I’ve written a couple of posts recently about the life and teaching of Fr Lev Gillet, who used the nom de plume ‘A Monk of the Eastern Church’. In the Western parts of the Christian world, we tend to have a fairly fixed idea of what a monk is: they wear habits, keep themselves to themselves and live in big old monasteries in a monastic community. None of these things was true for Fr Lev for most of his life. He did live in a monastery for a time and he did often (though not always) wear his clerical attire (though rarely with the monastic veil) but he lived a busy life, travelling around Europe and to Lebanon, leading retreats, preaching, reading in the famous old reading room for the British Museum, meeting friends… In what sense, you might ask, was he a monk? Is ‘monk’ in the Eastern church simply a synonym for ‘celibate’?
To be a monk in the Eastern sense is primarily to be one whose life is give to prayer – alone with the Alone (monos pros monon, hence ‘monachos’) – and the celibate life is at the service of this primary call. Many monks do live in communities, large or very small, and some serve parishes. Monks who are chosen to serve as bishops continue their calling while serving the wider church as teacher, pastor and priest. So Lev Gillet’s monastic life was in no way compromised by his living in Notting Hill or Paris for it was an interior life devoted to the vision of God in purity of heart.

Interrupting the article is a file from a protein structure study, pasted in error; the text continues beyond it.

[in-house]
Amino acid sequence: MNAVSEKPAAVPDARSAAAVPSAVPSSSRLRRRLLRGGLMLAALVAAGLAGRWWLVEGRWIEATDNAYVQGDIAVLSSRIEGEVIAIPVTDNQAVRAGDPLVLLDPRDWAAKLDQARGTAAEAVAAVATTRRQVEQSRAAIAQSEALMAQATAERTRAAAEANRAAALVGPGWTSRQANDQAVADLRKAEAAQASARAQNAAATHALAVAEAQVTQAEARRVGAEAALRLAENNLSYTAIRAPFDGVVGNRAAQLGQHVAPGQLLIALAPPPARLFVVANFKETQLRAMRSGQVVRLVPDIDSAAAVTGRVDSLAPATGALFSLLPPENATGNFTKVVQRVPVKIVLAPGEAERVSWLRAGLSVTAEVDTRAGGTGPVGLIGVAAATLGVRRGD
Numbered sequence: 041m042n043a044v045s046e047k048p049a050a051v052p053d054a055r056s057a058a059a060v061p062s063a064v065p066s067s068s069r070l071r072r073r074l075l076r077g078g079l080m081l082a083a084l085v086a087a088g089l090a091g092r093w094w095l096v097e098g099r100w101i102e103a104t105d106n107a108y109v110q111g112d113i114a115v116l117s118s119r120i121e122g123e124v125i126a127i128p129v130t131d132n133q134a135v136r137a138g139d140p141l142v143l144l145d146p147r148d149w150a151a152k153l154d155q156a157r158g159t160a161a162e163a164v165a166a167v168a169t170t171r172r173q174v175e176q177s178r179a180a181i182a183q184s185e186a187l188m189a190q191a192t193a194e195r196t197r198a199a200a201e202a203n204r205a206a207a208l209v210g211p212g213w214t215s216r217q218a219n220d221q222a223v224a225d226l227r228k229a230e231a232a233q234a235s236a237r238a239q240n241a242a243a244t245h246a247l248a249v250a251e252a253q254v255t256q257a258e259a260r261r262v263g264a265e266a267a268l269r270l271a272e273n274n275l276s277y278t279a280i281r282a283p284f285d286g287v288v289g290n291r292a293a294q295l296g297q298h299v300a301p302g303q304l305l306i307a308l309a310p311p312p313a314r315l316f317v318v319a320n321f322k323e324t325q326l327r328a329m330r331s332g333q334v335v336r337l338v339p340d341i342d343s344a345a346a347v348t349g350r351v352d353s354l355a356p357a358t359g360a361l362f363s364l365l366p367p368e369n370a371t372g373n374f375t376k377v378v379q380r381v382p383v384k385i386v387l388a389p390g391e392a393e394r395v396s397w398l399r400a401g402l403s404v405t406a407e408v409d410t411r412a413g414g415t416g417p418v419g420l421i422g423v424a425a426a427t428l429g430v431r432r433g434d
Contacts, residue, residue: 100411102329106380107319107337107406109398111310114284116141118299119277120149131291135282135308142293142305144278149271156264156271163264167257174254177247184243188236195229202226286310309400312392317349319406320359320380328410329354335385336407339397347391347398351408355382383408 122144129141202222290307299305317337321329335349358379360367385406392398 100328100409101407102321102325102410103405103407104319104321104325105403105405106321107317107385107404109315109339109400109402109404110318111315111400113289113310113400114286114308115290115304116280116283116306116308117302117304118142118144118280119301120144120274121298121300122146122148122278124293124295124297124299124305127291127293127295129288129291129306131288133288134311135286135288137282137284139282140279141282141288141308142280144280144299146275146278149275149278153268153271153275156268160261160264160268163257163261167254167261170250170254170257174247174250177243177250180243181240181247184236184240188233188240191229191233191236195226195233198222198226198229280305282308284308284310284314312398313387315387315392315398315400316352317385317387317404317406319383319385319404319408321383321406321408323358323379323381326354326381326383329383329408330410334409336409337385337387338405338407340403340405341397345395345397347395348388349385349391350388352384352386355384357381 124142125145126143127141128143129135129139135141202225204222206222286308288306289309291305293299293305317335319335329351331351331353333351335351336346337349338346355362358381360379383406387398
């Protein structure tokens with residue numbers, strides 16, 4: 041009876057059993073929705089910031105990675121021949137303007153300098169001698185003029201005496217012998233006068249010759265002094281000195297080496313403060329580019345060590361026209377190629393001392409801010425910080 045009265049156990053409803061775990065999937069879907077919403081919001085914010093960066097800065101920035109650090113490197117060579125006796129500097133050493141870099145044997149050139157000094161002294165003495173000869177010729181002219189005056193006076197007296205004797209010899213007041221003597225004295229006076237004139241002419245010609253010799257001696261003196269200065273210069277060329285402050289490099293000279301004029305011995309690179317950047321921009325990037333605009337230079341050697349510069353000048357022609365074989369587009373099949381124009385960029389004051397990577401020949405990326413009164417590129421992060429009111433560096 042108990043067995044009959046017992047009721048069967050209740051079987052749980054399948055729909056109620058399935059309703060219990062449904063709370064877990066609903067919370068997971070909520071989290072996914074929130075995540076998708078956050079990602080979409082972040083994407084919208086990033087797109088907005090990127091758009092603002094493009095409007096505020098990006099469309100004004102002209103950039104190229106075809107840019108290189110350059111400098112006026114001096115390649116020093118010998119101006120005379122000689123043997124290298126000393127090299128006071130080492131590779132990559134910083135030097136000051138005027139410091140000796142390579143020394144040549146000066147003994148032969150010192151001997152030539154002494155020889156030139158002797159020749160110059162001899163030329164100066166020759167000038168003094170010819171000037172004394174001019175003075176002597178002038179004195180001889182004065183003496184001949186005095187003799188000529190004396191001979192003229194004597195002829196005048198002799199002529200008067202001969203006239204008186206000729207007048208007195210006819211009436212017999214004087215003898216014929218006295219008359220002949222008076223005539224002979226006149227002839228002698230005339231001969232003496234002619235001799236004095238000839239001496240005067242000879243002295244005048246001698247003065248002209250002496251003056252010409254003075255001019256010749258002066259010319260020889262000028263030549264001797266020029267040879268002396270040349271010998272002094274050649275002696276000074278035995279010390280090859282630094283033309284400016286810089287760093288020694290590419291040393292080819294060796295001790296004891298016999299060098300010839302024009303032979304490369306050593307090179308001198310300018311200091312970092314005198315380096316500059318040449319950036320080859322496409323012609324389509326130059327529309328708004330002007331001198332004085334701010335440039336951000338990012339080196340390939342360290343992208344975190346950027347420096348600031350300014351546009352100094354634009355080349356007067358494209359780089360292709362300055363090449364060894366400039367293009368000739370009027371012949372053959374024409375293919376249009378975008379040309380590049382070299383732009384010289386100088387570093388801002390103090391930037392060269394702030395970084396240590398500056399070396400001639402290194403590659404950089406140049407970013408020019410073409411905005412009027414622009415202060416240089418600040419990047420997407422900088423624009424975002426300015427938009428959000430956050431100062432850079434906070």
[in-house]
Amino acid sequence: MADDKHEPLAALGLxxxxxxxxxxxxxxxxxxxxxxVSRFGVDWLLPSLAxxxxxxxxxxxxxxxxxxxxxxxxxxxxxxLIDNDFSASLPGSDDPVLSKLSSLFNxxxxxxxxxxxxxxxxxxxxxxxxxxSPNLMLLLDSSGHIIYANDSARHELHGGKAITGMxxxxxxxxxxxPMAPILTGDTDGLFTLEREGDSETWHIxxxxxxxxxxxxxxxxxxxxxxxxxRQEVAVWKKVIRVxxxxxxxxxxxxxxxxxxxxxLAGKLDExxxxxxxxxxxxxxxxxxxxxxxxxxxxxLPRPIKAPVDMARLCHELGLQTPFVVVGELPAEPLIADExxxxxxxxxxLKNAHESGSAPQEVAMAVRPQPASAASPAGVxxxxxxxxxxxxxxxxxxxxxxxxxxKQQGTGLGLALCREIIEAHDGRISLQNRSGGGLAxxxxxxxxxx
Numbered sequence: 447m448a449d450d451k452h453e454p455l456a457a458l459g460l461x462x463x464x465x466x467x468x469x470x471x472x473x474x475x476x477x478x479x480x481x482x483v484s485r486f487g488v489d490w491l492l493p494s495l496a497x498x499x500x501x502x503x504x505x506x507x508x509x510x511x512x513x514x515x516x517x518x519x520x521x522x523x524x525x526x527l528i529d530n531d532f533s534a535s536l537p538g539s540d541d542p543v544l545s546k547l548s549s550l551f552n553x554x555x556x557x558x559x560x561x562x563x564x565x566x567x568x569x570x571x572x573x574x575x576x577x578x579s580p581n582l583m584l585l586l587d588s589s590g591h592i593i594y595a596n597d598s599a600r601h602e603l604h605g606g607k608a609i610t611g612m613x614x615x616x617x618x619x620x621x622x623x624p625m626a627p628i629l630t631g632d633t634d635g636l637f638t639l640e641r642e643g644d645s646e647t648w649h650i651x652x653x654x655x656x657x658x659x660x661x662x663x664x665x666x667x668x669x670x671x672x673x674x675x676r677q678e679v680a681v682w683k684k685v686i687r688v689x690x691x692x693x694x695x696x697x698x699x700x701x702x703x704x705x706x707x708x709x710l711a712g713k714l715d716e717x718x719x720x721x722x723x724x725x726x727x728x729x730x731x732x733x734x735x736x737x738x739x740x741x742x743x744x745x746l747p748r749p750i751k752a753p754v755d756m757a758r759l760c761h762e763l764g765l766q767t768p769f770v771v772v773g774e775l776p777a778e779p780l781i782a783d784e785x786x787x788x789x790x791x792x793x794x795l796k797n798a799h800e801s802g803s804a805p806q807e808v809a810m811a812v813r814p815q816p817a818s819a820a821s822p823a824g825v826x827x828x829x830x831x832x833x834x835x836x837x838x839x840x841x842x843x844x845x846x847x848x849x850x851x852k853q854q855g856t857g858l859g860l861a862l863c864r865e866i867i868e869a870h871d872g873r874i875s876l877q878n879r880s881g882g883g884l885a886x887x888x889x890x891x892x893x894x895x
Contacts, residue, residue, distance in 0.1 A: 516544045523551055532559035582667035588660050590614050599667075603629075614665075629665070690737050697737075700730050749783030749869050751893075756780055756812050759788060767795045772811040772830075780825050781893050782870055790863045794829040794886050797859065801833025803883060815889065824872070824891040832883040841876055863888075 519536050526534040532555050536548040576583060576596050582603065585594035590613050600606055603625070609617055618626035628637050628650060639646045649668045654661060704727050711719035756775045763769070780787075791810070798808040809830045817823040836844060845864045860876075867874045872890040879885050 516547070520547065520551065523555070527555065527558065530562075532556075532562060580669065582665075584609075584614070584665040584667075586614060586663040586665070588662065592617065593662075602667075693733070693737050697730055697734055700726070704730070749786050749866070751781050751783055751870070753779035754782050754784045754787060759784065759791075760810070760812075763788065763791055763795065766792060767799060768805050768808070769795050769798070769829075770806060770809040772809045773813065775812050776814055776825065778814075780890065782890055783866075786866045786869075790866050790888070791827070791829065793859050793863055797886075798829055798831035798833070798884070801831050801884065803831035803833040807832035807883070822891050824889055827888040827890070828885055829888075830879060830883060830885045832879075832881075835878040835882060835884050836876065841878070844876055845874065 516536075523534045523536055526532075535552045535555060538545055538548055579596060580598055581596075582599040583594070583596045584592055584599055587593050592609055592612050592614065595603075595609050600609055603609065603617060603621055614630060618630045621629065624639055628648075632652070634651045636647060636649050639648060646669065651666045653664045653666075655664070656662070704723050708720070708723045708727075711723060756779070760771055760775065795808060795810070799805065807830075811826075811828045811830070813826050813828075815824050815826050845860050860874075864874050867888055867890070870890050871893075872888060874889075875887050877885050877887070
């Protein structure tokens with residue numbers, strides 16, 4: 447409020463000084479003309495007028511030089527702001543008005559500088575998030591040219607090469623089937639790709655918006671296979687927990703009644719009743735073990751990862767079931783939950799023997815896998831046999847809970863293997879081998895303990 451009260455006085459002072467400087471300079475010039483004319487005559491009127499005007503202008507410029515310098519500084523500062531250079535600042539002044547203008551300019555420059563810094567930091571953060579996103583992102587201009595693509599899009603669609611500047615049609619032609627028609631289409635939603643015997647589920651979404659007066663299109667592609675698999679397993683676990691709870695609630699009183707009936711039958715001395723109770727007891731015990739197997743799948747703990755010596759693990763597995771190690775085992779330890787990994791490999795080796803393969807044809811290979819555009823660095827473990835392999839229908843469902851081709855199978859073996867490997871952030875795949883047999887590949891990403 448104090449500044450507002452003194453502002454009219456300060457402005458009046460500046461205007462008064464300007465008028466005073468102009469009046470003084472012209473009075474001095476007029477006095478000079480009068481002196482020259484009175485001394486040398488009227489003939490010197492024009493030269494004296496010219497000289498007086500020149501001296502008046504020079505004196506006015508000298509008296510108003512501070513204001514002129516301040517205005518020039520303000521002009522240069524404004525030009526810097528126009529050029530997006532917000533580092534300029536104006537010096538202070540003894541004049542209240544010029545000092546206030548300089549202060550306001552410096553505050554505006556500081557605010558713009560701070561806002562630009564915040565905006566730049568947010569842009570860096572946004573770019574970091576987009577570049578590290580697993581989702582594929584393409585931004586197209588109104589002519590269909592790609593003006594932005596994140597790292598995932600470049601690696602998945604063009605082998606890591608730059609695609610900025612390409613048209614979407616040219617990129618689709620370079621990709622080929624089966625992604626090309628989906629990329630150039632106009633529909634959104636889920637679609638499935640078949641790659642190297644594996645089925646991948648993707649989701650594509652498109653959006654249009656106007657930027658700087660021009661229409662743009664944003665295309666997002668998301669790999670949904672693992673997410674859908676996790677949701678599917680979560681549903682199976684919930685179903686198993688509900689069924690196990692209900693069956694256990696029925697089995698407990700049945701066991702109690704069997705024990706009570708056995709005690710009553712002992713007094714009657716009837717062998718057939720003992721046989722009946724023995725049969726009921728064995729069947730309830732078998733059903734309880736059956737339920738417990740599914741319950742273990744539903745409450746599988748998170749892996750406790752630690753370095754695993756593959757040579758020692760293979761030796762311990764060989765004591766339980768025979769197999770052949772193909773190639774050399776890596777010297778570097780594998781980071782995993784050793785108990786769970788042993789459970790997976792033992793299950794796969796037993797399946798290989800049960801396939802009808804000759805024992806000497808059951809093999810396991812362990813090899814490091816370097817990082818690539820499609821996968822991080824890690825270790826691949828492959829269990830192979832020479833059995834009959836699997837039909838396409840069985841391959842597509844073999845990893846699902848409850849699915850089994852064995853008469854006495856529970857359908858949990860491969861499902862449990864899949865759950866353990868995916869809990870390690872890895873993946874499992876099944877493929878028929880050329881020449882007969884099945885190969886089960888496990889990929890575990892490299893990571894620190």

Thomas Merton discerned something very similar. Although he did live in a monastery, or latterly in a hermitage in its grounds, he insisted that the monk was primarily a ‘marginal person’ who has ‘broken through the inevitable artificiality of social life’. A monk was someone not associated with the establishment or hierarchy (desert monks were famously suspicious of clergy!). Merton saw that this calling could be followed by anyone, irrespective of their ‘canonical status’ and gained further insight into the inner nature of this way of living through his conversations with Buddhist monks on his Asian journey. For them, the monk’s journey deeper into the monastic life was not a matter of fulfilling certain training criteria but of the deepening of wisdom [please note, those selecting candidates for ministry…]. It’s also important to note that the word ‘monk’ is not gendered in this use and is, indeed, used of all monastics in certain Buddhist orders.
So for Merton, the calling to be a true ‘monk’ is open to anyone who, in their inner life, sits light to the expectations of social existence and conforms only to the image of Christ, the marginal one who, inwardly free from other ties, could be the universal brother. This seems to me to be a calling worth embracing and living out in as many different ways as there are people willing to respond to it.